"In Iraq only one tenth of a million-and-a-half Christians that lived there ten years ago have survived. In Egypt we are witnessing a mass exodus of Christians. There are practically no Christians left in Libya. Ninety five percent of Christians have abandoned Homs in Syria. We, Orthodox and Catholics, must raise our voices jointly in defense of Christians subjected to persecution and repression in these countries, as well as in Afghanistan, Pakistan, India, Indonesia, the Philippines, Nigeria and in a number of other countries as well."-- Metropolitan Hilarion
By Richard Spencer, Alexandria
Coptic Christian churches in the United States say they are having to expand to cope with new arrivals, as priests in cities like Cairo and Alexandria talk of a new climate of fear and uncertainty.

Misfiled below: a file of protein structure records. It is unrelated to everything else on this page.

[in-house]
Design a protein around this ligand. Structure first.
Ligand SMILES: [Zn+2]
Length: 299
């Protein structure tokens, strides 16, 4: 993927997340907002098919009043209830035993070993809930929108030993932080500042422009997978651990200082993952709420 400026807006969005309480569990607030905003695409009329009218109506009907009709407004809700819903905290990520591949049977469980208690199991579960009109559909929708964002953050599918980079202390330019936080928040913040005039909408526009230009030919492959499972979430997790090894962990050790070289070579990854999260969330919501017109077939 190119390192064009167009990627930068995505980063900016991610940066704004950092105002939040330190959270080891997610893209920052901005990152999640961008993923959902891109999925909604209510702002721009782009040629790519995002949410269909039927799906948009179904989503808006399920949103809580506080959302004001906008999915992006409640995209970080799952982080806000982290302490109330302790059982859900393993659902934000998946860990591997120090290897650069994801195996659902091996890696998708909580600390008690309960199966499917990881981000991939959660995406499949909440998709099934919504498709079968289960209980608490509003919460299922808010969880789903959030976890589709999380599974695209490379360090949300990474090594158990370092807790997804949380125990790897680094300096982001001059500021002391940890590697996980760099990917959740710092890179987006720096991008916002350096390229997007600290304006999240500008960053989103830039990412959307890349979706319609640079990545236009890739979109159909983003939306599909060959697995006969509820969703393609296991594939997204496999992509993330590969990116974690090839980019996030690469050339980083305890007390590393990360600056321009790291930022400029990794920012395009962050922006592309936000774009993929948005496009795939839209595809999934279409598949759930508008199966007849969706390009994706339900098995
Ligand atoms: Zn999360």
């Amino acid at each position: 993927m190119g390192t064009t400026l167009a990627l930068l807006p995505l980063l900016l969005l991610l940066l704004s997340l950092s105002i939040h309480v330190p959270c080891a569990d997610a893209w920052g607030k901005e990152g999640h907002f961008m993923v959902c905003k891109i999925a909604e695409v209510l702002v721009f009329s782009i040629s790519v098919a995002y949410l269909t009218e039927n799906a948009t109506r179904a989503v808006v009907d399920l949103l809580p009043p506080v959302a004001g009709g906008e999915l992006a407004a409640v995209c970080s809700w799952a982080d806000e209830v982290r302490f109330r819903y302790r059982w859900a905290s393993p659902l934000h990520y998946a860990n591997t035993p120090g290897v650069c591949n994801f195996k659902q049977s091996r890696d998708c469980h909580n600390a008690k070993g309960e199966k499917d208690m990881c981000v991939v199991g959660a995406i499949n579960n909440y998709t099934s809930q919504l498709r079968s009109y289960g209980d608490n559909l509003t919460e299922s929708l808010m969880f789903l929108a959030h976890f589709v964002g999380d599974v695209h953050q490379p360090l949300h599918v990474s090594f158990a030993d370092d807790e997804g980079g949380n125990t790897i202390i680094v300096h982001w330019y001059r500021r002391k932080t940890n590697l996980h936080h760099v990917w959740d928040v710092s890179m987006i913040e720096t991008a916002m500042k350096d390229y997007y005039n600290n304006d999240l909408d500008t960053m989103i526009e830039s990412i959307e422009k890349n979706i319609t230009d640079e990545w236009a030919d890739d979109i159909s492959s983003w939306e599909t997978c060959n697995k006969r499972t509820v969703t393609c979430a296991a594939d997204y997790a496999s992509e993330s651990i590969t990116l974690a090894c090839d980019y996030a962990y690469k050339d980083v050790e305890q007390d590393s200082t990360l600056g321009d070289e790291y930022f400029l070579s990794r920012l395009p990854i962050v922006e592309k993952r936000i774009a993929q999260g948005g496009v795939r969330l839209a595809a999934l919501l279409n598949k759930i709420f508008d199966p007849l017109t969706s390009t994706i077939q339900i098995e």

"Most of our people are afraid," Father Mina Adel, a priest at the Church of Two Saints in Alexandria said. "Not a few are leaving - for America, Canada and Australia. Dozens of families from this church alone are trying to go too."
Father Mina's church has an important place in the history of the Arab Spring. It was struck by a car bomb on New Year's Eve 2010, Egypt's worst sectarian attack in recent decades, in which 23 people were killed.
After the bombing, liberal Muslim groups staged protests in support of Christians, printing posters showing the cross and the crescent interlinked which then went on to be symbols of inter-faith unity during the Tahrir Square protests three weeks later.
But the victory of the Muslim Brotherhood in parliamentary and presidential elections has changed the mood - particularly as the biggest opposition party is the even more hardline Salafist movement which wants strict Sharia law implemented.
Read it all here.
Related reading: Nuns Threatened in Upper Egypt; Coptic Christians Get No Help from Obama; Egyptian Christians Threatened; Pope Benedict: Attack on Coptic Christians Offends God; Muslim Brotherhood Has Not Abandoned Violence